Jul 07, 2010

Teacher Bailouts - A Bad Idea


The Obama administration is pressuring Congress to spend $23 billion to rehire the more than 100,000 teachers who have been laid off across the country. Before Congress succumbs, it should know about the unfolding fiasco in Milwaukee. Wisconsin is a microcosm of the union intransigence that's fueling the school funding crisis in so many cities and states and leading to so many pink slips. It also shows why a federal bailout is a mistake.

Because of declining tax collections and falling enrollment, Milwaukee's school board announced in June that 428 teachers were losing their jobs—including Megan Sampson, who was just awarded a teacher-of-the-year prize. Yet the teachers union, the Milwaukee Teachers Education Association, had it within its power to avert almost all of the layoffs.

The average pay for a Milwaukee school teacher is $56,000, which is hardly excessive. Benefits are another matter. According to a new study by the MacIver Institute, a state think tank, the cost of health and pension benefits now exceeds $40,000 a year per teacher—bringing total compensation to $100,500.

The current health plan costs taxpayers $26,844 per family, compared to the typical $14,500 cost for a private employer family plan. The plan does not require teachers to pay any premiums toward the cost of the health plan—a situation that is all but extinct in private employment. In the spring, the school board offered a new health plan that would reduce costs to $17,172 per family. The plan would have saved money by requiring co-pays.

AFP/Getty Images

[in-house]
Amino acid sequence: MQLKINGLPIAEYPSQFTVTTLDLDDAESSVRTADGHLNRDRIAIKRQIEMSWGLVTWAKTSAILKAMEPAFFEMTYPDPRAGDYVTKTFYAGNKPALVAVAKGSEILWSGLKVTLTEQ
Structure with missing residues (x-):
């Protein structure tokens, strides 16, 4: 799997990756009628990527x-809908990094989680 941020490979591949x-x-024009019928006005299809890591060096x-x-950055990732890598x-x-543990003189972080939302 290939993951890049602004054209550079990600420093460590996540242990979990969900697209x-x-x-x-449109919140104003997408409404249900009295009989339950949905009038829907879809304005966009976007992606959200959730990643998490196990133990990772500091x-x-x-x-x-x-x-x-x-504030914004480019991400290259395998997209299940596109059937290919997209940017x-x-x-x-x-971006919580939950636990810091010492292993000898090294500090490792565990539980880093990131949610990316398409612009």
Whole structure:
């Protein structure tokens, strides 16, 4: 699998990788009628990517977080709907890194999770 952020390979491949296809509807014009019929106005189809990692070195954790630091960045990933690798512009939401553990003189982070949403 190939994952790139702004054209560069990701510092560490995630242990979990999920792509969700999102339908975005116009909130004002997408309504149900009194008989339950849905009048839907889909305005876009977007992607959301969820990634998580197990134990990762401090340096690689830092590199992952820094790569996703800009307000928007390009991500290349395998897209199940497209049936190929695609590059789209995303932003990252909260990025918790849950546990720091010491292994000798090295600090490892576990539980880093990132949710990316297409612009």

US President Barack Obama, alongside US Secretary of Education Arne Duncan

Many Milwaukee teachers have been quoted in the local press complaining that union officials never offered them a choice to make health-care concessions, and many say they would have been willing to go with reduced benefits to avoid the firings. The school system superintendent, William Andrekopoulos, says he was "surprised" how uninterested the union was in negotiating a reasonable cut to prevent the firings.

So why were these teachers considered expendable by the people who are supposed to protect their jobs? This brings us back to Mr. Obama's $23 billion teacher bailout.

The Milwaukee Teachers Education Association was immovable on benefits in part because it placed a bet on its Democratic friends in Washington rushing to the rescue. "The problem must be addressed with a national solution, a federal stimulus package that will restore educator positions," Pat Omar, the union's executive director said in June. The union's strategy in recent weeks has been to stage rallies demanding a federal bailout, and it used hundreds of school kids at those rallies as political props.

Milwaukee's experience suggests that the $23 billion bailout fund is meant to provide a federal life raft to keep afloat the unsustainable, gold-plated compensation packages that unions negotiated when states and cities were flush with cash. The citizens of Wisconsin have rejected tax increases to avoid layoffs, and they're right to have done so.

It is hardly sensible to force taxpayers in Mississippi, Colorado, New Hampshire and elsewhere to step in and save the union's bacon. A federal bailout only further entrenches bad policies—especially unaffordable benefit packages—that led to the school funding crisis in the first place and leave every child behind.

Mr. Moore is senior economics writer for The Wall Street Journal.

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